Scenarios stemming from potential business decisions involve hypothetical strategic choices that could significantly impact your cash flows and decision-making. For instance, a wholesale distribution company may be considering acquiring another company and have to assume some of the other company’s short-term debt. At the same time, they’ll also be bringing in additional revenue from the other company’s customers.

By factoring in these kinds of situational considerations, you can come up with a range of scenarios you can use to:

  • Design operational strategy
  • Make staffing decisions
  • Restructure debt
  • Invest in new materials, space, or equipment
  • Apply for loans

Round off with a 3-way forecast

By incorporating all the work from the above three steps into your BP&A platform, you can build a 3-way forecast for cash flow.

Three-way forecasting refers to integrating three financial statements:

  • Income statement
  • Balance sheet
  • Cash flow statement

Cash flow forecasting primarily focuses on predicting cash inflows and outflows over a specific period. However, 3-way forecasting takes your forecast a step further because it considers how changes in income and balance sheets impact your cash flow.

Your income statement, which is also known as your P&L, gives you a summary of your revenues, expenses, and net income over a certain period. When you use 3-way forecasting, your income statement is the basis for projecting your revenues and expenses, which have a direct impact on your cash flow. Therefore, when you forecast revenue and expenses accurately, you’re able to do a better job of estimating your future cash inflows and outflows.

Your balance sheet gives you a snapshot of your financial position at a particular point in time. It details your liabilities, assets, and shareholders’ equity.

Three-way forecasting factors in changes in items in your balance sheet, and you can use this data to better predict cash flowing into or out of your organization.

For instance, if you have an increase in accounts receivable, this may indicate future cash inflows resulting from collecting the receivables.

On the other hand, if your accounts payable increase, your repayments may affect your cash on hand. Therefore, an increase in payables may indicate future cash outflows as you settle these accounts.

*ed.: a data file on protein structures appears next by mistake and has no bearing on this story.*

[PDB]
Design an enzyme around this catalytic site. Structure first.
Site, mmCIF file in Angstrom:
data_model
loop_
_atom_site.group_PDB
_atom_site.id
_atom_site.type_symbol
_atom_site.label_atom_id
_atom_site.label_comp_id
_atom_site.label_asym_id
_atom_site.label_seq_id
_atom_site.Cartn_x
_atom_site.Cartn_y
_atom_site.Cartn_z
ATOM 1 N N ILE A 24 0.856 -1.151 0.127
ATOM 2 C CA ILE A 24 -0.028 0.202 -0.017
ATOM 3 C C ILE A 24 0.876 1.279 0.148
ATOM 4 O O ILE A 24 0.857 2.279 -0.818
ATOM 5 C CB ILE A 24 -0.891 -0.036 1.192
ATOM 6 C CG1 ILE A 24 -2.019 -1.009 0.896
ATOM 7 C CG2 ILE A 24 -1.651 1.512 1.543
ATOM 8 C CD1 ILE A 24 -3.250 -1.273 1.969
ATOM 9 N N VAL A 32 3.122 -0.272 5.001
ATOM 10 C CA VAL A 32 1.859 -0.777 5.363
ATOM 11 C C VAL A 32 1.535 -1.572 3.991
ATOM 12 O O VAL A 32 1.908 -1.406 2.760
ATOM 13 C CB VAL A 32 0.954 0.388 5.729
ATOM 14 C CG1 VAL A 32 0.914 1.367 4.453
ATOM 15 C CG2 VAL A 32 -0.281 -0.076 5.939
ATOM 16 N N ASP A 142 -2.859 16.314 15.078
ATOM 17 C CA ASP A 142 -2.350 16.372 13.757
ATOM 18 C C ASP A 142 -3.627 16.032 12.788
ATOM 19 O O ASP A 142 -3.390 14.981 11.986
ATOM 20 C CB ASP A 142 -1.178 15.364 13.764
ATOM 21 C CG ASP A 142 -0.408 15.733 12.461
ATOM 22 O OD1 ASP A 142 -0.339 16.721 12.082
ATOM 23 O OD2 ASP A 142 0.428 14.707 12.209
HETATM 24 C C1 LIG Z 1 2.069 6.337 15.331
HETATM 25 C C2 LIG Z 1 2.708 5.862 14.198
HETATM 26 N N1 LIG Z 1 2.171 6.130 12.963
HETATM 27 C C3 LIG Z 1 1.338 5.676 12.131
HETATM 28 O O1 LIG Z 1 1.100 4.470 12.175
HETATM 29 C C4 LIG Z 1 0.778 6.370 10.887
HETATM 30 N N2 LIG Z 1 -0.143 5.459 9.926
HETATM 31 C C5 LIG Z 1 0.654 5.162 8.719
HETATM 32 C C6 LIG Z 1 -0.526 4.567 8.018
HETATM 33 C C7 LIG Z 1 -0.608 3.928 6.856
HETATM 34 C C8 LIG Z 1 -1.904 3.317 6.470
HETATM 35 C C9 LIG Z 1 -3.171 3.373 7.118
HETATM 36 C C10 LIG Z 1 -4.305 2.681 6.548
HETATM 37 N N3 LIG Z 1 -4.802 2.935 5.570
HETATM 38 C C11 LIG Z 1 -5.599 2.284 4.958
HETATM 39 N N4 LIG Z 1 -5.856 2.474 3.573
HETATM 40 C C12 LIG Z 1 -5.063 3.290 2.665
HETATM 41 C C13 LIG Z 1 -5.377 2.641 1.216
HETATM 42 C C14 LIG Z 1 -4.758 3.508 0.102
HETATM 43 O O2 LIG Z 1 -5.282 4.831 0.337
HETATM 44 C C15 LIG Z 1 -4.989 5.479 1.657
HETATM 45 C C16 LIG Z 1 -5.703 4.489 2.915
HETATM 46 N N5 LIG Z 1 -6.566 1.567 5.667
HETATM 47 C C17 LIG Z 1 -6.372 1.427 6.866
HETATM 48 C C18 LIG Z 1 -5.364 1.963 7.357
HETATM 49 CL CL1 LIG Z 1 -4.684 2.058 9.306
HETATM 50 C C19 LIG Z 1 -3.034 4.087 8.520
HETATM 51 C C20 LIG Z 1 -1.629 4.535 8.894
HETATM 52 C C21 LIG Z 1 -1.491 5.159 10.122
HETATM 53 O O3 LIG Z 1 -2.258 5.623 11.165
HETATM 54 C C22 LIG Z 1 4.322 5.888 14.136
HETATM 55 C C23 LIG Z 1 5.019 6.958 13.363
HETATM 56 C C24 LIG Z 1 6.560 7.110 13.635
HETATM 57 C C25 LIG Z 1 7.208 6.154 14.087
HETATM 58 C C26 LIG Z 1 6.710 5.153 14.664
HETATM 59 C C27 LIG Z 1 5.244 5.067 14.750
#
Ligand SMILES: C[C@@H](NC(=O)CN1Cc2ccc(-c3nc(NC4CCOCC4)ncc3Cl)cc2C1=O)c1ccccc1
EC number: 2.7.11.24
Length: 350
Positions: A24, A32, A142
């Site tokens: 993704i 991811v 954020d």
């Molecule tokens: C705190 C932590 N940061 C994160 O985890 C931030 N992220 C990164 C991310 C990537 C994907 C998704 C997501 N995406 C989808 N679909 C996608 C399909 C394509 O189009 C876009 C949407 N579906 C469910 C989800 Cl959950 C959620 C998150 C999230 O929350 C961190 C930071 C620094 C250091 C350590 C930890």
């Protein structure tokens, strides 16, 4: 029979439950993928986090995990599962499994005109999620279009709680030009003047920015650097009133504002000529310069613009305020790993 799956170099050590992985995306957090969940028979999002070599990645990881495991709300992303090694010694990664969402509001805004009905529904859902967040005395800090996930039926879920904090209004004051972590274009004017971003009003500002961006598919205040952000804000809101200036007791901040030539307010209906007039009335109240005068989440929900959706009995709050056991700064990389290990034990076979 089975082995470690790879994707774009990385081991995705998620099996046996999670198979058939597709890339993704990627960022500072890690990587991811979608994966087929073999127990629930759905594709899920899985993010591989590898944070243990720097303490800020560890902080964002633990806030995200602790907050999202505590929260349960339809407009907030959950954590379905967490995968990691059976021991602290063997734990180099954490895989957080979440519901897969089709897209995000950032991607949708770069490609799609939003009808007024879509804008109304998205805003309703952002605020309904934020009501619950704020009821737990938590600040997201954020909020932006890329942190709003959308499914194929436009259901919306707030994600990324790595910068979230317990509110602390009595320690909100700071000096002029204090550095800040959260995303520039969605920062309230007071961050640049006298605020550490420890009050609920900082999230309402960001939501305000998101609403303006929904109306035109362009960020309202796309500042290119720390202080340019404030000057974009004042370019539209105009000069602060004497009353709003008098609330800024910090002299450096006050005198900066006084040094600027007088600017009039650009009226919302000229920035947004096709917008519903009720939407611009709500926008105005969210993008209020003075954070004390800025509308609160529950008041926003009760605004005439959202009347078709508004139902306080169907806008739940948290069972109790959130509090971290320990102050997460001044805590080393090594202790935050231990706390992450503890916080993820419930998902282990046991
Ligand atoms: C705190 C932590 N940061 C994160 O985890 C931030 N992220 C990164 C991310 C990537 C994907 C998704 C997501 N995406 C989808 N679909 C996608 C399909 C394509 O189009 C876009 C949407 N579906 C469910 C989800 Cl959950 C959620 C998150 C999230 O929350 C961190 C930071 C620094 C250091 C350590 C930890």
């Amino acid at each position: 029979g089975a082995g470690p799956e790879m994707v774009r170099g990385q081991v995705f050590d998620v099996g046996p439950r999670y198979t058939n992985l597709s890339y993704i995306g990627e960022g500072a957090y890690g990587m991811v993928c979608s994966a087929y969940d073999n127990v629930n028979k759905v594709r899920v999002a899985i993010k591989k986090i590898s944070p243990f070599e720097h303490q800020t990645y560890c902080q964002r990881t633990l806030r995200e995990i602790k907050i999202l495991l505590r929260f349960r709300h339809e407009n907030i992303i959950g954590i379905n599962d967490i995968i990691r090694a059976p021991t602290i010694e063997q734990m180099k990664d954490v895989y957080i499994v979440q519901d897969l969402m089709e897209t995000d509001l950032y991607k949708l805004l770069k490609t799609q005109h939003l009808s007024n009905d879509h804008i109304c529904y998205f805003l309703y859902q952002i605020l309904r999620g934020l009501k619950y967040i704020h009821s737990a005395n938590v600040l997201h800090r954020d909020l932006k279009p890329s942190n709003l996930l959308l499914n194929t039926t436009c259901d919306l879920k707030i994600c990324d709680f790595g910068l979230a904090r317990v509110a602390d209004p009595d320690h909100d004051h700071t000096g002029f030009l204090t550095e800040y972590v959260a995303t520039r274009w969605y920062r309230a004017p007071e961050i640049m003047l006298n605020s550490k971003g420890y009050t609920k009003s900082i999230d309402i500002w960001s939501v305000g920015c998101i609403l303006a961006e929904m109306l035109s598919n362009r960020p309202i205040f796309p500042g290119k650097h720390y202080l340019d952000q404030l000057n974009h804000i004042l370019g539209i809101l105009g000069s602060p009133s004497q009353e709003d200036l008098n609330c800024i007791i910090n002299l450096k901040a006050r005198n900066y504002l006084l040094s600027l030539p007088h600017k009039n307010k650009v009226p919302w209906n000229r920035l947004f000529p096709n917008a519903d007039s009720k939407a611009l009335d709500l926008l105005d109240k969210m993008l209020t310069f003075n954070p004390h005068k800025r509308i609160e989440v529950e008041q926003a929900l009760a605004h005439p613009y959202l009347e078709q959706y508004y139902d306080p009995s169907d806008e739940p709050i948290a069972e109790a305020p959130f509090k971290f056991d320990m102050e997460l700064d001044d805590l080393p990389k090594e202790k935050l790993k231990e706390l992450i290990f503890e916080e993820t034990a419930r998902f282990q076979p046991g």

The same could be said of increases in inventory levels. When you must maintain more inventory to support production levels, your cash outflows will likely rise as you pay for more components and materials.

With the right forecasting software, 3-way forecasting is relatively straightforward. For instance, in Phocas Budgets and Forecasts, you can make adjustments to elements of your income statement, balance sheet, or cash flow statement and see how they instantly impact your forecast.

How to use Phocas’ 3-way forecasting for more effective cash flow forecasting

Because Phocas’ 3-way forecasting tool can automatically adjust your forecast using your integrated data, it takes the time-consuming grunt work out of generating accurate, reliable forecasts. This prevents negative cash flow situations while positioning you to use positive cash flow to fund growth initiatives. Suppose you’re a CFO or finance controller and you realize your average accounts receivable timeframe of 30 days, is not accurate. You can identify this timeframe as a mini-driver in your Phocas software. A mini-driver is a factor that impacts your forecast and three out-of-the-box templates cover common scenarios for debtors (accounts receivable), creditors (accounts payable), and stock. Quickly using the drivers you can then adjust your timeframe from 30 to 45 days.

Phocas then automatically revises your receivables, cash, and cash flow. Instead of combing through spreadsheets and adjusting formulas, you can make quick adjustments and see their impact with a few clicks.

After making a change, you can render your adjusted financial statements to review them in the context of your budgetary goals. You also have the option of generating a dashboard that displays your original budget against your revised forecast. In this way, you automatically contextualize your new data, seeing it from the perspective of your original and adjusted cash flow projections.

Returning to the accounts receivable example, suppose after adjusting your timeframe from 30 to 45 days, you see that it results in about 3% less cash on hand six months in the future. However, you’ve already committed to purchasing a new piece of equipment in about seven months, and with a 3% drop in cash, your liquidity may drop below your comfort level.

With Phocas’ 3-way forecasting, you get real-time business analysis that supports a range of important decisions.

By automating elements of your cash flow forecasting, you increase its accuracy while reducing the amount of work you have to do. The Phocas platform provides deep business analytics in a user-friendly format so you can guide your business in the right direction. 

Featured eBook

Companywide financial planning and analysis

Download now
Companywide financial planning and analysis
Written by Katrina Walter
Katrina Walter

Katrina is a professional writer with experience in business and tech. She explains how data can work for business people without all the tech jargon. She is always on the look out for new ways data is being used by business people to know more and be sustainable.

Related blog posts
The best FP&A software for your business

The best FP&A software for your business

Excel-based vs web-based budgeting and forecasting

Excel-based vs web-based budgeting and forecasting

The role of strategic finance in modern business

The role of strategic finance in modern business

What is strategic budgeting and how to implement it

What is strategic budgeting and how to implement it

Browse by category
Key data in one easy to understand view
Get a demo

Find out how our platform gives you the visibility you need to get more done.

Get your demo today